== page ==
Google is reportedly discussing how it can get away with introducing facial recognition technology in the light of increasing criticism over its privacy policies.
Chief executive Eric Schmidt told the Financial Times that facial recognition had been the subject of intense discussion.
“Anything we did in that area would be highly, highly planned, discussed and reviewed. When you go through these things, you review your management procedures,” he said, adding, “It is important that we continue to innovate.”
There’s no doubt that the company has efficient facial recognition technology already. Its Picasa photo sharing service allows users to search their own photo albums to find matches for labeled photos.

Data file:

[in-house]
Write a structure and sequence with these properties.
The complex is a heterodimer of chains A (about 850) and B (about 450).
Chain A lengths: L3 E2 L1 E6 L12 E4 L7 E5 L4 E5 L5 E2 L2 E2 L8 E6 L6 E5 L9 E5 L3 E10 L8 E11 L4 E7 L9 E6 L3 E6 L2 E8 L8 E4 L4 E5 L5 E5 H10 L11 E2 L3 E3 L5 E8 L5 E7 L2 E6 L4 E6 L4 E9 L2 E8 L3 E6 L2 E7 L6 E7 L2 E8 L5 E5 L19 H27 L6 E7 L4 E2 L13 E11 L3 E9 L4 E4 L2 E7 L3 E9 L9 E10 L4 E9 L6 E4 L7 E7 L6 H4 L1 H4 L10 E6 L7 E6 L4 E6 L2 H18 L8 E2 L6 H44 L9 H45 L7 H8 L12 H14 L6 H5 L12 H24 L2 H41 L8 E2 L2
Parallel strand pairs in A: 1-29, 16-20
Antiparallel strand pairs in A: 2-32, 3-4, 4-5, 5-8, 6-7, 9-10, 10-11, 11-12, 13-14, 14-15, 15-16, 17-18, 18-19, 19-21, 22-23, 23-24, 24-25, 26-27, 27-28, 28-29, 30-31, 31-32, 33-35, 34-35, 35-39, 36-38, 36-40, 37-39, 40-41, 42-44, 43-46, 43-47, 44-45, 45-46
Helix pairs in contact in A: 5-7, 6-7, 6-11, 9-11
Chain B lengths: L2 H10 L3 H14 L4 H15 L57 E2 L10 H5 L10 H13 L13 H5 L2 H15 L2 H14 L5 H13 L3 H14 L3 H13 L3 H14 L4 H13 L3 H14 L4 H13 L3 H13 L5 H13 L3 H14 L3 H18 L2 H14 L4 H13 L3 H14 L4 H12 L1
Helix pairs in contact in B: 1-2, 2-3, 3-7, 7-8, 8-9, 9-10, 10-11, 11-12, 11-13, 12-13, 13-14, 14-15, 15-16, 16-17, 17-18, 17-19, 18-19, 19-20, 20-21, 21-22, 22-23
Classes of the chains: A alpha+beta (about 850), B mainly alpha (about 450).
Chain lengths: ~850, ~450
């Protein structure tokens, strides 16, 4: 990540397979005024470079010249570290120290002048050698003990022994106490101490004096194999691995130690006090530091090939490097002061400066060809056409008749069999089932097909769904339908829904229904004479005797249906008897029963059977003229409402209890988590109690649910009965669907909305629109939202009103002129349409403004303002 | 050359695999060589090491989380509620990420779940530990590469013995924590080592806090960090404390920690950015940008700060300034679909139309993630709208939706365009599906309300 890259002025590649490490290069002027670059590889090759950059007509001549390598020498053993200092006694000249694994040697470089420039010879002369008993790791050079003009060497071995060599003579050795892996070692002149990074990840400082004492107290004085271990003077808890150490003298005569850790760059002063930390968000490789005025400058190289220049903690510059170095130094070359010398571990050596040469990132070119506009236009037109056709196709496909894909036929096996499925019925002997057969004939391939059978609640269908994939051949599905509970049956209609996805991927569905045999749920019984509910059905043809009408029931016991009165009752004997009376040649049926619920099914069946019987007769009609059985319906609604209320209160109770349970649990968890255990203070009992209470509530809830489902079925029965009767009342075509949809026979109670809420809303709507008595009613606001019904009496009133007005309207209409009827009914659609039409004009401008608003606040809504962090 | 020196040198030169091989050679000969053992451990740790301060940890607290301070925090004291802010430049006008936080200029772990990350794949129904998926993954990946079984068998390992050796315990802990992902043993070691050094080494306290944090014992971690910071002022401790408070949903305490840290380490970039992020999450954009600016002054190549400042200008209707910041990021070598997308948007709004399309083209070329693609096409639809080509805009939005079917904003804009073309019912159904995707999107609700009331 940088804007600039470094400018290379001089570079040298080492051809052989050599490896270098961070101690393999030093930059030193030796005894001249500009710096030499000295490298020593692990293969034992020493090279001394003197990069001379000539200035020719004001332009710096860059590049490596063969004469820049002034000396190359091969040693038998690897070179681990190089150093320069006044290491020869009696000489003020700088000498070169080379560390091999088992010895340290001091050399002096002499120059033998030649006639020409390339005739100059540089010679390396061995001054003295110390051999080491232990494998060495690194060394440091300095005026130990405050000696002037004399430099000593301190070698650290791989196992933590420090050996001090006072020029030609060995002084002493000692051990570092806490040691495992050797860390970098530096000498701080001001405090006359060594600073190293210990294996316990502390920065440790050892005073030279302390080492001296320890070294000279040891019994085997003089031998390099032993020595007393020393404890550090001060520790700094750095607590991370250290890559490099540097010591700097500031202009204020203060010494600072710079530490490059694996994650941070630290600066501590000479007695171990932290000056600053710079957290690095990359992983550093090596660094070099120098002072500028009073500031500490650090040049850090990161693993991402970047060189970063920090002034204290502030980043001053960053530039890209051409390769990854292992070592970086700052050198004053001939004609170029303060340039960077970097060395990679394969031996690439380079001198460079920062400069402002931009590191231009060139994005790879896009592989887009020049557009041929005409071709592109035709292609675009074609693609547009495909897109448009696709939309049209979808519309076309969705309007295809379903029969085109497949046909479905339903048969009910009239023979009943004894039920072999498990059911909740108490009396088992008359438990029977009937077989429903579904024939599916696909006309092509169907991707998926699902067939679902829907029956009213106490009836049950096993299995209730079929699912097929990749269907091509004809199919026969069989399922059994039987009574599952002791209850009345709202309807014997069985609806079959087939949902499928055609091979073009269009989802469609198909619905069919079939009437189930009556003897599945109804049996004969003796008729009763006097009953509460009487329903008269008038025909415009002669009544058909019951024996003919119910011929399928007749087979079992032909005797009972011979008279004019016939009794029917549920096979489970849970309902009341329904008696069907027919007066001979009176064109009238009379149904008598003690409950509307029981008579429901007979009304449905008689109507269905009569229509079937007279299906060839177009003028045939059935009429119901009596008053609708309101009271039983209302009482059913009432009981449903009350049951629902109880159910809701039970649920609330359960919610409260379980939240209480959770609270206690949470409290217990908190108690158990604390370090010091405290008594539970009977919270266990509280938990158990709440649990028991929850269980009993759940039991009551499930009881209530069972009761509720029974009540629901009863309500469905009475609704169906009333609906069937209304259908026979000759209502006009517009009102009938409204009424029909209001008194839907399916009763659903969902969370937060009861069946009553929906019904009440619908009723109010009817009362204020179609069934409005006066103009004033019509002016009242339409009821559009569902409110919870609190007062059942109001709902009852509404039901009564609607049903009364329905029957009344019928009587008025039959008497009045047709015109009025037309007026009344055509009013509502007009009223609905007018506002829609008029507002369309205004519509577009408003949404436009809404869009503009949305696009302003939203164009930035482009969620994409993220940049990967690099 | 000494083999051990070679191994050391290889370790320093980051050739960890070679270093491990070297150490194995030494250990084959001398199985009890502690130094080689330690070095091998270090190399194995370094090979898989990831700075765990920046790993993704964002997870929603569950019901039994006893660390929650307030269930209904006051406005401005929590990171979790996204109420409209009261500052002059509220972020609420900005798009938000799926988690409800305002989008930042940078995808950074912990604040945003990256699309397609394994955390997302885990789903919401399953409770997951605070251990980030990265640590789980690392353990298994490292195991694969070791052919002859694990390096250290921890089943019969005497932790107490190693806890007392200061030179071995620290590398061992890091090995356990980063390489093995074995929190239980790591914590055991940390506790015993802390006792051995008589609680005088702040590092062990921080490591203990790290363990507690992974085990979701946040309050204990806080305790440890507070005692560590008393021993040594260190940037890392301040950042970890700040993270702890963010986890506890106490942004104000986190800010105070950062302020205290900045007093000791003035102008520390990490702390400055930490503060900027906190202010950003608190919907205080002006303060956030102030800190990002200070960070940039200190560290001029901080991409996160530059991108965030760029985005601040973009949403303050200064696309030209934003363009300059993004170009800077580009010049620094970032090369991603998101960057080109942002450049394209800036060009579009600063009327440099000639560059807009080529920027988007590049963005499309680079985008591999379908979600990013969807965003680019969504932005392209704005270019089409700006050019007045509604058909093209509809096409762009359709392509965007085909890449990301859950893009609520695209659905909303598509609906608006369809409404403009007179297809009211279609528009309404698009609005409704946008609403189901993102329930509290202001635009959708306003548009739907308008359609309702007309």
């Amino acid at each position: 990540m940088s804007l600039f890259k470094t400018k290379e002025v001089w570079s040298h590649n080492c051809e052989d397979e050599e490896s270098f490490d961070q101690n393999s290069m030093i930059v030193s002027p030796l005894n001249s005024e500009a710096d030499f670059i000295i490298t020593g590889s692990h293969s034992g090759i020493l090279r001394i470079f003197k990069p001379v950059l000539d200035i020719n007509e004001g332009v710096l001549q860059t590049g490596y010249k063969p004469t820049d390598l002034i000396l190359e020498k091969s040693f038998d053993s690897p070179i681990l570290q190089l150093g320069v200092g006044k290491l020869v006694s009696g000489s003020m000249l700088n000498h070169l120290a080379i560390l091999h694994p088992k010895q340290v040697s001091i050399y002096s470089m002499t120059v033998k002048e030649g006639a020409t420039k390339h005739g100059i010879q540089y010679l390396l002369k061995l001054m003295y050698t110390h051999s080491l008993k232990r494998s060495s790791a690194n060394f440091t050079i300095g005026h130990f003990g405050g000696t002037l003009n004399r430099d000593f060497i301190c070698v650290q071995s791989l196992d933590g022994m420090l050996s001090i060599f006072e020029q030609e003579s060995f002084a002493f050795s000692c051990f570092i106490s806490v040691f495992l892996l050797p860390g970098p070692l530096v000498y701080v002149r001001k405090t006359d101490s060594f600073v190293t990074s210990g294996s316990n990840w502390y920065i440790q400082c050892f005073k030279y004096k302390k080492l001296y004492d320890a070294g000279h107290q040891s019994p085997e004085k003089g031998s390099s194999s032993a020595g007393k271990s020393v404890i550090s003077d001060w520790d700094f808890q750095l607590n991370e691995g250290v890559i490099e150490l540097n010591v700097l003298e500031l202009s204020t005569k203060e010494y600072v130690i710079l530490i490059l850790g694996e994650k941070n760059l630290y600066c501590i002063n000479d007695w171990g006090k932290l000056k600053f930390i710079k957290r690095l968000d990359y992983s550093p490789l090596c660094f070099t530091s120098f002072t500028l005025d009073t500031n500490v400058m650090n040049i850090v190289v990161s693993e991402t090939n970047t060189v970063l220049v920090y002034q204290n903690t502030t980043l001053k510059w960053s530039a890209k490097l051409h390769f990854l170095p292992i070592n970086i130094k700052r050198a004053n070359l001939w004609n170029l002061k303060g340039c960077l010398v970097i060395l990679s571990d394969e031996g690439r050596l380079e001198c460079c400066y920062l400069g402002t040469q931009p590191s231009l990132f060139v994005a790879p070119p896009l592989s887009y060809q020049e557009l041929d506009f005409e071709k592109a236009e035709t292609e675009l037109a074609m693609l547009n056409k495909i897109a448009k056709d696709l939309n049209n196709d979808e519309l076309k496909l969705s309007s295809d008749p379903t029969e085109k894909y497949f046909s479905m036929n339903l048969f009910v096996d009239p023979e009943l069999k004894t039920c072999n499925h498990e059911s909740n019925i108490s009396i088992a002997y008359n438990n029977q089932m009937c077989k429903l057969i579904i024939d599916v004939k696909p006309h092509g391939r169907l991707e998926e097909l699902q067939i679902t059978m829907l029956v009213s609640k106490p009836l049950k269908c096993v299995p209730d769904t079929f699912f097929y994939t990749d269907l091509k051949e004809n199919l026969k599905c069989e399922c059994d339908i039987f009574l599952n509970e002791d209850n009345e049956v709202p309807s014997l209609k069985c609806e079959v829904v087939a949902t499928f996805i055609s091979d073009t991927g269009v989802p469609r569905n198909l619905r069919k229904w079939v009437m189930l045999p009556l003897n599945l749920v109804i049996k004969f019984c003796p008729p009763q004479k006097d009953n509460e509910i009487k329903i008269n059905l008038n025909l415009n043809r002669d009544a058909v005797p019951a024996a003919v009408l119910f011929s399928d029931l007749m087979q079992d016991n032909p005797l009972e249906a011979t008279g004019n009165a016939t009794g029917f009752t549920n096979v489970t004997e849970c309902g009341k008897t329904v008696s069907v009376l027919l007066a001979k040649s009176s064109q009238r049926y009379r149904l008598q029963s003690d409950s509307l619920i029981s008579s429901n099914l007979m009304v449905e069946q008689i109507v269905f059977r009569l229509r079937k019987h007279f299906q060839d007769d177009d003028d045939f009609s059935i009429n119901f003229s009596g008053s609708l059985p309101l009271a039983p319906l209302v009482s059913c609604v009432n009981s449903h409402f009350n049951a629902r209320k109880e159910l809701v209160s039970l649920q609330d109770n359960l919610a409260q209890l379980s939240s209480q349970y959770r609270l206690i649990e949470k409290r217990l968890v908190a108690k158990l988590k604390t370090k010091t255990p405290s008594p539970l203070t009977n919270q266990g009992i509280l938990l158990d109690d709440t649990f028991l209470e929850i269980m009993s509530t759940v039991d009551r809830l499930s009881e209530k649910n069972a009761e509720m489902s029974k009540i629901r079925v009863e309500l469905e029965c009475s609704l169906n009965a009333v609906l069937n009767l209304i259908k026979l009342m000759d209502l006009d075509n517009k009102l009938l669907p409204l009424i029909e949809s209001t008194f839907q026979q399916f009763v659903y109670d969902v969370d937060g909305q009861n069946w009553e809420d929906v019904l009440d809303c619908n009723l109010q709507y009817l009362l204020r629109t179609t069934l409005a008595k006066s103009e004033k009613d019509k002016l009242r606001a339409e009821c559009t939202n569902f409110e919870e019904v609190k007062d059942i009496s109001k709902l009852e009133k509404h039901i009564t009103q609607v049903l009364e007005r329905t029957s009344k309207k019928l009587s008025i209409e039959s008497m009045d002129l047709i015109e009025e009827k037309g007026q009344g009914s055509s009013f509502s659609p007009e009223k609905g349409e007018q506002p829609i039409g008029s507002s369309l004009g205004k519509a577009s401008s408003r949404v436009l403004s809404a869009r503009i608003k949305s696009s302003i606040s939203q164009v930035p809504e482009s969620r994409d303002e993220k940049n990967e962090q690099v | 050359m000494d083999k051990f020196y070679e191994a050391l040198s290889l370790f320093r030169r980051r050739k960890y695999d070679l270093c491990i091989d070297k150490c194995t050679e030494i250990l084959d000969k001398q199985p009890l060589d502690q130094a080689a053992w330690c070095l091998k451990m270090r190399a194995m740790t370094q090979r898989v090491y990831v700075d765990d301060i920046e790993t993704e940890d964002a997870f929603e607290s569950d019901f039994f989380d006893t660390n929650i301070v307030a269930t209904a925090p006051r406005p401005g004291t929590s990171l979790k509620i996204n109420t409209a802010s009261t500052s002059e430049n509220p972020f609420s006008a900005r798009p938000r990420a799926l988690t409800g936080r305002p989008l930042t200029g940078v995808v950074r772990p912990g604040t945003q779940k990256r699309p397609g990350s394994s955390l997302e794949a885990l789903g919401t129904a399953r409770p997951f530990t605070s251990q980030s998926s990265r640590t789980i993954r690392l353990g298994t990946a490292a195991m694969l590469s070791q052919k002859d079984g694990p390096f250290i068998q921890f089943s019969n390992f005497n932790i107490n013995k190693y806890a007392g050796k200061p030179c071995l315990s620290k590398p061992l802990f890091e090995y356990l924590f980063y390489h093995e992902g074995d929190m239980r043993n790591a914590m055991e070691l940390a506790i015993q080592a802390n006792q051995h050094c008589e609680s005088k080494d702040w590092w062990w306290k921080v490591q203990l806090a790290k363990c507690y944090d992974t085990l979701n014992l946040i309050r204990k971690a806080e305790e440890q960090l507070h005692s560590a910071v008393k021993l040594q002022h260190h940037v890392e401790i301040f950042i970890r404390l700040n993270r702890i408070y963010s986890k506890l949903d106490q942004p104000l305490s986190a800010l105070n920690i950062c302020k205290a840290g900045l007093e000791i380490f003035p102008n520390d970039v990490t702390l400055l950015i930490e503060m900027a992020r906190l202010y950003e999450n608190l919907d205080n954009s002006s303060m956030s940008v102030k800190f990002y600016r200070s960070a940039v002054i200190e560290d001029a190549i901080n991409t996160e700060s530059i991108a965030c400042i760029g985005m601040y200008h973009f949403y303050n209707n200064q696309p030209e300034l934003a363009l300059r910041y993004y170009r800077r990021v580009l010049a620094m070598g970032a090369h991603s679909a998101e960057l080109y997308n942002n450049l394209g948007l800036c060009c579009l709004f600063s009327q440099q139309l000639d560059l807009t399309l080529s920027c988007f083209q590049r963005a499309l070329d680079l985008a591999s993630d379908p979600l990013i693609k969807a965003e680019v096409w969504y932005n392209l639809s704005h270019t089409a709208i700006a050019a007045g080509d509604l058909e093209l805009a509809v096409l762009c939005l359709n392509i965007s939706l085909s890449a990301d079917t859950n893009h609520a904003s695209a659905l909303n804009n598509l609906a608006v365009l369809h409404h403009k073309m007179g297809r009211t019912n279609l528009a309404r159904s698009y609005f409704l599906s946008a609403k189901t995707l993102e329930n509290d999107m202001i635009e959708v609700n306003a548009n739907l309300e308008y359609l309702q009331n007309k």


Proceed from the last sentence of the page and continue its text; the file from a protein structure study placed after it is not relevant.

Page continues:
But it’s steered clear of using it elsewhere: the feature was a notable omission from its Google Goggles product. Launched last year, this matches and identifies other types of image, such as buildings and landmarks.
Privacy watchdogs suggest that allowing the technology to be used for images on the internet would enable stalking and identity theft.
It’s a surprising time for Schmidt to be discussing such a sensitive topic. Google is currently under the spotlight around the world after admitting that its Street View cars have for years been hoovering up information on Wifi users’ activities.